An Encomium on the Archangel Gabriel of Unknown Authorship

In a recent issue of Zeitschrift für Antikes Christentum, Hans Förster published the editio princeps of P. Vindob. K 9670, a Sahidic parchment folio from the collection of the National Library in Vienna.[1] The fragment seems to come from an unidentified encomium on the archangel Gabriel and recounts the story of a man who is tempted by the wife of his business partner. At a certain point in the narrative, the man prays for the intervention of the archangel, the tenor of the text suggesting that it belongs to the miracula section of the encomium.

The fragment edited by my friend was dismembered from a larger codex which once belonged to the library of the White Monastery in Upper Egypt. Hans has studied and very carefully edited the text and supplied us with high-quality black-and-white photos of the manuscript. While I was checking these pictures, I realized that the hand-writing looks familiar and that good fortune has preserved other leaves from the same codex.

Interestingly enough, one of the newly identified fragments is the leaf to which the fragment published by Hans Förster was originally joined in a single bifolio (a bifolio is a sheet folded as to form two leaves). This new fragment is of special importance as it contains a colophon which mentions the name of the scribe, the place where the codex was copied and the year of its completion.


But let’s start with the beginning. In ancient times, the copyists used to number not only the pages of the codices, but also their quires (a quire is a gathering of sheets folded in two). Each quire used to be numbered twice, on the first and last page, in the superior inner corners. The parchment leaf K 9670 edited by Förster is paginated 81-82. On the upper left corner of the recto, one can still read the number 7, which means that the fragment used to be the first leaf of the manuscript’s seventh quire.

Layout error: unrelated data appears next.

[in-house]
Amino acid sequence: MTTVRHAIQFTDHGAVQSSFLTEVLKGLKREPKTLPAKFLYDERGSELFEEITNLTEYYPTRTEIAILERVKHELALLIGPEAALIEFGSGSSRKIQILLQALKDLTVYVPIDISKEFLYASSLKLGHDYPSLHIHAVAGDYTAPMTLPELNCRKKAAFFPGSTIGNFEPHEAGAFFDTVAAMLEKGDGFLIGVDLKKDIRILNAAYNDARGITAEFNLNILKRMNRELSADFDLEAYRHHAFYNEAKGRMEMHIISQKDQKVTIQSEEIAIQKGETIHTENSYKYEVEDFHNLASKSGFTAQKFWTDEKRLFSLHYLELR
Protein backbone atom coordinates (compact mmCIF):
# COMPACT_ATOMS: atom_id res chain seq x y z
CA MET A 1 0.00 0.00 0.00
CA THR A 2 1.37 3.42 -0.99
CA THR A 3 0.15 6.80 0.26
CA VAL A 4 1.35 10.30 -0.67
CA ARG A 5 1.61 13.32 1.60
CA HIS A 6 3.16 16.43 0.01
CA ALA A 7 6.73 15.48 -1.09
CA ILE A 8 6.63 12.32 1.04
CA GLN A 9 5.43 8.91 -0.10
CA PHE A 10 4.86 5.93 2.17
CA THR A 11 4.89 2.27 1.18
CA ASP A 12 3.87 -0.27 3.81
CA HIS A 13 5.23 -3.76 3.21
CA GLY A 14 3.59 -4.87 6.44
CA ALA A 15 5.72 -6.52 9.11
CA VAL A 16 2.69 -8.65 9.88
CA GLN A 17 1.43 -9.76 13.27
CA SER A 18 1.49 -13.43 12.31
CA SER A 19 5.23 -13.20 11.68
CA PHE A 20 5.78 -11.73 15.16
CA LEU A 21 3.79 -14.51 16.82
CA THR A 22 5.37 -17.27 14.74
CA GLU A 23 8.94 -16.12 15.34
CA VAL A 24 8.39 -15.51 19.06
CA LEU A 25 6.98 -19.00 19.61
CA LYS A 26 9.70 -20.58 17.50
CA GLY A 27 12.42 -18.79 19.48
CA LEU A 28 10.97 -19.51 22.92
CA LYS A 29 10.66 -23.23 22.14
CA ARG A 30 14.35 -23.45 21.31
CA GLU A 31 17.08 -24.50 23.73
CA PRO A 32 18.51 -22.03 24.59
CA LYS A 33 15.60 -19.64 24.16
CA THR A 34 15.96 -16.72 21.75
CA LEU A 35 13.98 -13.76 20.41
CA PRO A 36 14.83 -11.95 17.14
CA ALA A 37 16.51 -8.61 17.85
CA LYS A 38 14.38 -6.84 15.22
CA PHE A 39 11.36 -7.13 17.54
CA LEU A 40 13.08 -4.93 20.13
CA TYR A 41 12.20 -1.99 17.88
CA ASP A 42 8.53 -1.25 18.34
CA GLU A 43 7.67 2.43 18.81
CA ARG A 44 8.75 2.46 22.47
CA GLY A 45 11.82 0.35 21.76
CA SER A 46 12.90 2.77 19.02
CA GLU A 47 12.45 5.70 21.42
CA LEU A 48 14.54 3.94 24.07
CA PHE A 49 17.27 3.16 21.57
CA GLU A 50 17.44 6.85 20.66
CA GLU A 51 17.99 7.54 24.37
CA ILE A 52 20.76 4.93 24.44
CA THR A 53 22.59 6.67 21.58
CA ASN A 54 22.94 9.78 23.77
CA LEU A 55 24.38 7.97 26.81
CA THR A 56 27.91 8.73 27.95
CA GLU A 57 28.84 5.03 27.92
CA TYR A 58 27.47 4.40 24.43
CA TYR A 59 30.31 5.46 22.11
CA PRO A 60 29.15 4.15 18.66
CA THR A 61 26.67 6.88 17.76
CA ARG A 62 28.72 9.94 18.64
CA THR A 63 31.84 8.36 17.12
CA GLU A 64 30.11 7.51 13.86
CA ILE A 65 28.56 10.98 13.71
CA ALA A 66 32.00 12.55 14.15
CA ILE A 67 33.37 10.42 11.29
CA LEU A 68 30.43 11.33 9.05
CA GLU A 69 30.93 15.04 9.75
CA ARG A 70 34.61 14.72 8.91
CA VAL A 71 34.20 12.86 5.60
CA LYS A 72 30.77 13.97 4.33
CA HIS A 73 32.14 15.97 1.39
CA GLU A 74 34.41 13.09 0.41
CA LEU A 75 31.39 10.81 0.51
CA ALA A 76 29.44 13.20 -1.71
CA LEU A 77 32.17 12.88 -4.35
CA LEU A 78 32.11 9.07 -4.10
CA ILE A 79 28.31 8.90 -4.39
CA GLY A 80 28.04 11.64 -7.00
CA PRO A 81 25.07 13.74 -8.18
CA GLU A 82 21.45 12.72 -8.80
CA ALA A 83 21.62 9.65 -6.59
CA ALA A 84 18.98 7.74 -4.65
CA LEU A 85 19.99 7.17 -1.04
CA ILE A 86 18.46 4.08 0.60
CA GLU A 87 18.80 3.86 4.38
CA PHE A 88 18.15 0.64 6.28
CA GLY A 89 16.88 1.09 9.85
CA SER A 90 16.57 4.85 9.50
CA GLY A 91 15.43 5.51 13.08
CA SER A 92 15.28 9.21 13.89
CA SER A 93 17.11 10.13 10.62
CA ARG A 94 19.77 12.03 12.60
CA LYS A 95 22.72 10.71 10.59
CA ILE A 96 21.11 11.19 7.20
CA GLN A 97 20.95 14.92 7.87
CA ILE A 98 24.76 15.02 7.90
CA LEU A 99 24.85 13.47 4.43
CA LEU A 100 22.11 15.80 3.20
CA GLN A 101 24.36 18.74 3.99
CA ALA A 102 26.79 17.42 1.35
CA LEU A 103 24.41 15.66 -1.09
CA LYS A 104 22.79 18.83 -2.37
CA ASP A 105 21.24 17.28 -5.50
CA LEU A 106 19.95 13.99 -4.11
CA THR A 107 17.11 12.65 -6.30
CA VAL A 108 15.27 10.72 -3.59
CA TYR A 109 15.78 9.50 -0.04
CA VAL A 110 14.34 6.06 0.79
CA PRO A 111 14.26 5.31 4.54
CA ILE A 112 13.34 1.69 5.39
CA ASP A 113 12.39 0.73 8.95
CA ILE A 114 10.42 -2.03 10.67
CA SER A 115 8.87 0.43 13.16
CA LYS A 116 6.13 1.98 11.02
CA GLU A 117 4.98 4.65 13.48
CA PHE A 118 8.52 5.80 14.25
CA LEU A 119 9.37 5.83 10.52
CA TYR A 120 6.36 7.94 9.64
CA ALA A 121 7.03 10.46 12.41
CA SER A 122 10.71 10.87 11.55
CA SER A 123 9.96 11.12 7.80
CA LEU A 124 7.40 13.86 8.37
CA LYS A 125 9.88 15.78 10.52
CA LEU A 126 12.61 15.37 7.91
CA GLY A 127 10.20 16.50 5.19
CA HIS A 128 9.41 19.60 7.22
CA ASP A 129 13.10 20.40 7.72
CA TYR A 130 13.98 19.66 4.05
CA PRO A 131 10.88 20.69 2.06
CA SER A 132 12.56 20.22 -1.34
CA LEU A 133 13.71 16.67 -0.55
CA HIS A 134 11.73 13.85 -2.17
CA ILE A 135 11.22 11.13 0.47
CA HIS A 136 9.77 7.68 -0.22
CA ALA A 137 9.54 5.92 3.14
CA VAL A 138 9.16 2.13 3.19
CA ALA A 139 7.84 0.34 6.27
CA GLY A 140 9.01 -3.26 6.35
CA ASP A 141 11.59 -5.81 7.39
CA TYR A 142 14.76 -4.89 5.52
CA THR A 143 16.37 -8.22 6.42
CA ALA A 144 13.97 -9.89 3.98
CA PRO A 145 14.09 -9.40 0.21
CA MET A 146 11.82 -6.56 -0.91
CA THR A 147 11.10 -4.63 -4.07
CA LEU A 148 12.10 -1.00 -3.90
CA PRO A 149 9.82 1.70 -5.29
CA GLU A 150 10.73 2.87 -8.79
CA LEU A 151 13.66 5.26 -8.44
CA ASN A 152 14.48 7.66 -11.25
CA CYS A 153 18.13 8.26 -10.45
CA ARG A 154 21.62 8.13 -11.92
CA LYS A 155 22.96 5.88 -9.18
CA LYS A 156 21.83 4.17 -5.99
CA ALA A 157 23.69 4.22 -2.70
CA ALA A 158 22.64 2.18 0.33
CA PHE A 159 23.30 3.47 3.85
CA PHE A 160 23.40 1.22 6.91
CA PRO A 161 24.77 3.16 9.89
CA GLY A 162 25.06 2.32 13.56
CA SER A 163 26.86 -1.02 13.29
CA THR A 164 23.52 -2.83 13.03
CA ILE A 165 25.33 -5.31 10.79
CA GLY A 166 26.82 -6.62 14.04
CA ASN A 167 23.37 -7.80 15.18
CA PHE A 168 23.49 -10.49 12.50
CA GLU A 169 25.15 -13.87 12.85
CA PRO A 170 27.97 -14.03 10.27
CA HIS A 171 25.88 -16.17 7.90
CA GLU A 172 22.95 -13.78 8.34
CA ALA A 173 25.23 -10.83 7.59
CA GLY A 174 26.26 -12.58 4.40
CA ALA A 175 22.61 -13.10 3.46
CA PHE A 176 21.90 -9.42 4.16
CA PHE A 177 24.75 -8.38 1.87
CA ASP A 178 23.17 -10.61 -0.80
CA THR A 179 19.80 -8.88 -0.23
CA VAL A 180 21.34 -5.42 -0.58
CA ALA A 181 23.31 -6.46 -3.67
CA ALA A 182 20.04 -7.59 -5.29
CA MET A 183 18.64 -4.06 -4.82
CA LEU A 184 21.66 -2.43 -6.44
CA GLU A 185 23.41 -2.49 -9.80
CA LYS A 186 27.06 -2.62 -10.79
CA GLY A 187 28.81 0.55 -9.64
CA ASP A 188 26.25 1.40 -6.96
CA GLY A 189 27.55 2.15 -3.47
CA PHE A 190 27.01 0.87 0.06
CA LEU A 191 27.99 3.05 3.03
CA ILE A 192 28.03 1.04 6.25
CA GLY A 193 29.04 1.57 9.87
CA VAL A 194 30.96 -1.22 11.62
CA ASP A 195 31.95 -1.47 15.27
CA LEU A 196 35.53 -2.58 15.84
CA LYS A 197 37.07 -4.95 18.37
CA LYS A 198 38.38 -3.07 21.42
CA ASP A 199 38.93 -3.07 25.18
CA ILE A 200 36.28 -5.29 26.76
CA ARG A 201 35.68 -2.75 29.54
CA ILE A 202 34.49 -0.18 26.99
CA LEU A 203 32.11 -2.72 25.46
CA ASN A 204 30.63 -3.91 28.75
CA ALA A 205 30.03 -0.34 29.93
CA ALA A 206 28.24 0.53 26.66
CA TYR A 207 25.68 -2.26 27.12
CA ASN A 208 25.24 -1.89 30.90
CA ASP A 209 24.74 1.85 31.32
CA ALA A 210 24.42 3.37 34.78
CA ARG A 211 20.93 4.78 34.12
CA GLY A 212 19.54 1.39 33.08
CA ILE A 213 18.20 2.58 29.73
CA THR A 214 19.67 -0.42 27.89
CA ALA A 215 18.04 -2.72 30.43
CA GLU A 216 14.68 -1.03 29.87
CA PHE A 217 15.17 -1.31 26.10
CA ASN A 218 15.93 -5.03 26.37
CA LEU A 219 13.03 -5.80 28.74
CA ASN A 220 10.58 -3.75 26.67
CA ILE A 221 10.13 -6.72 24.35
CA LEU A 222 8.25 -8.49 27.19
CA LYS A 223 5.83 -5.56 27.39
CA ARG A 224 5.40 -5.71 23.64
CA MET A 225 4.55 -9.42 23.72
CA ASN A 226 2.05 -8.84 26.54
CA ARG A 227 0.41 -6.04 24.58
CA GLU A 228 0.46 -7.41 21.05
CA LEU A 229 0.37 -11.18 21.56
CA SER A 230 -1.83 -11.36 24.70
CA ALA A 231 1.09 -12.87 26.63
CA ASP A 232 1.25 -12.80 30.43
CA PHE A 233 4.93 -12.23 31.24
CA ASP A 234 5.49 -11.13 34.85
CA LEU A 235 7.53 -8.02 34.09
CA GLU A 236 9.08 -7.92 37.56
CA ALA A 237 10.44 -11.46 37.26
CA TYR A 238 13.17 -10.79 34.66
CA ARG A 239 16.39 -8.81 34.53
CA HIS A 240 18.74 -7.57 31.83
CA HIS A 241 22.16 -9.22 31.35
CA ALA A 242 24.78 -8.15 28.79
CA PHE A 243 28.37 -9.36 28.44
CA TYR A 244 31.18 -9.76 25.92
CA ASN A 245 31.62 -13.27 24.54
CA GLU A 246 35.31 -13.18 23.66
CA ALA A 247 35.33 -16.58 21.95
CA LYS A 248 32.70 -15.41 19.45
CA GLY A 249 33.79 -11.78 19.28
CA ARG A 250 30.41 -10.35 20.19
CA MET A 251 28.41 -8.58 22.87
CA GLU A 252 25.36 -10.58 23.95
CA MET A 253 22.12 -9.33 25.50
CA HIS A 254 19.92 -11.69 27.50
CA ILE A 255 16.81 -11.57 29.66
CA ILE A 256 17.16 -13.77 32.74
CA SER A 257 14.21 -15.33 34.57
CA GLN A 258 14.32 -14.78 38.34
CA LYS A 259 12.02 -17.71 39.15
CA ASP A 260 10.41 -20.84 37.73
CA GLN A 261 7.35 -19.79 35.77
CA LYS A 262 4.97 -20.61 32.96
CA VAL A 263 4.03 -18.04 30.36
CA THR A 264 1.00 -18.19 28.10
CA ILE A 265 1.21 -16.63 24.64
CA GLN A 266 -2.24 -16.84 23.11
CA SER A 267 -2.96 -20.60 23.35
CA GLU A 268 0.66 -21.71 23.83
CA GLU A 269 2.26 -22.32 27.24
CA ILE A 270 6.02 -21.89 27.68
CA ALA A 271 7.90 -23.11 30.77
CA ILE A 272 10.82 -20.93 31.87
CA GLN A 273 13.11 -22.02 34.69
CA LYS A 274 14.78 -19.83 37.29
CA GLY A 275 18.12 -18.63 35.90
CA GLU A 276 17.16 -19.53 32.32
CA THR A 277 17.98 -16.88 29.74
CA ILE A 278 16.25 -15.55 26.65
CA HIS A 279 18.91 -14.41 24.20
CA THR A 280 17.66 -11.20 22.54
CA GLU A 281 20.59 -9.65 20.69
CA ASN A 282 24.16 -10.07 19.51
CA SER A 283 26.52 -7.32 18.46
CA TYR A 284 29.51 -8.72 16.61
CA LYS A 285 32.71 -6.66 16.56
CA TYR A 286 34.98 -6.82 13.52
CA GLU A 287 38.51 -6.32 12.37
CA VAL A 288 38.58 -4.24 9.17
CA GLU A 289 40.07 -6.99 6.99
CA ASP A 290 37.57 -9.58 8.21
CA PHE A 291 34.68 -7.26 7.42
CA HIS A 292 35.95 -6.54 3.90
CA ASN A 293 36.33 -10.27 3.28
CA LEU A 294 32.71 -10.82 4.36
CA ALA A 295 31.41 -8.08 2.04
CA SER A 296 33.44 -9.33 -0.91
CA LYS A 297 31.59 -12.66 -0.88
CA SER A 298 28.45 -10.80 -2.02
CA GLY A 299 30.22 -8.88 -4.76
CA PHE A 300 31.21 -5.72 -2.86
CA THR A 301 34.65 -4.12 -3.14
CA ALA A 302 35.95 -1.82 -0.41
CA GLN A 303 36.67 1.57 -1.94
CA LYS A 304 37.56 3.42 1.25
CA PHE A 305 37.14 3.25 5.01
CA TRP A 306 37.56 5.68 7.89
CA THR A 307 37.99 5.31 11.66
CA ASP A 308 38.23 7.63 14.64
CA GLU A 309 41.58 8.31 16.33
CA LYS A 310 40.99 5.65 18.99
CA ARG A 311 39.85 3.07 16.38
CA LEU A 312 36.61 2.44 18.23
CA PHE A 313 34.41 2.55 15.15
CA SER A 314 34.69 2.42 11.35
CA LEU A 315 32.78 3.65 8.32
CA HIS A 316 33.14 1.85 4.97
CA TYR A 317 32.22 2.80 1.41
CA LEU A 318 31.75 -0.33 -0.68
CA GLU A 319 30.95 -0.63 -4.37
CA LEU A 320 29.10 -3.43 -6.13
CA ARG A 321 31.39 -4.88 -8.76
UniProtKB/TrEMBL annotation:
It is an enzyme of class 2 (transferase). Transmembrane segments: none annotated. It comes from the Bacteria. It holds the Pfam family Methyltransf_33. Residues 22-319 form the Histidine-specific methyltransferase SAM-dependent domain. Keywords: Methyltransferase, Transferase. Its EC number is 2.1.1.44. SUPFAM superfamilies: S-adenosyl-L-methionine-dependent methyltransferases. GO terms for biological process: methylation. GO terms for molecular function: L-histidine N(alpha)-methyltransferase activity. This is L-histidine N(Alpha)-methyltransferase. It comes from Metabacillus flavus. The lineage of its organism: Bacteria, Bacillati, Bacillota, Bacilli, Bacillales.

As for the fragment I identified as being the other half of the parchment sheet from which K 9670 was cut off, it is kept in the National Library in Vienna under the inventory number P. Vindob. K 351.[2] The text has the concluding remarks of the encomium on the archangel Gabriel and the final doxology. The leaf is paginated 87-88 and the signature of the same quire, the seventh, is visible on the upper right corner of the verso. This means that the two Vienna fragments were separated by only one bifolio, which was paginated 83-86.

In order to show that Vienna K 9670 and K 351 were joined in a single parchment sheet, I reconstructed the original bifolio in Adobe Photoshop.

Flesh side of the parchment (the quire signature is visible on both fragments, near the spine):

Hair side:

The aforementioned colophon is visible in the first picture, which reproduces the outer (flesh) side of the parchment sheet. From this colophon we find out that the codex was copied for the Monastery of Apa Shenoute at Atripe (i.e., the White Monastery) by the scribe Matthew from Touton (in the Fayyum oasis) in 656 Era of the Martyrs, which corresponds to 939-940 AD.[3]

Unfortunately, the text contained by the new fragment does not illuminate the problem of the authorship of the sermon. The only Coptic Miracula Gabrielis that I am aware of are two sermons attributed to Celestinus of Rome and to Archelaus of Neapolis, but none of them correspond to our text.

As the text does not seem to be paralleled elsewhere in the Coptic literature, it may take some time until someone will reveal the author of the bit published by Hans Förster. However, a comparison of the Coptic fragment with the miracles of Gabriel preserved in Arabic and Ethiopic might solve the riddle of the authorship sooner than expected.


About Alin Suciu

I am a researcher at the Göttingen Academy of Sciences and Humanities. I write mostly on Coptic literature, Patristics, and apocryphal texts.
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2 Responses to An Encomium on the Archangel Gabriel of Unknown Authorship

  1. Pingback: Biblical Studies Carnival September 2011 Episode II: The Biblioblogs Strike Back | Exploring Our Matrix

  2. Pingback: A Solved Riddle: The Authorship of a Coptic Encomium on the Archangel Gabriel | Alin Suciu

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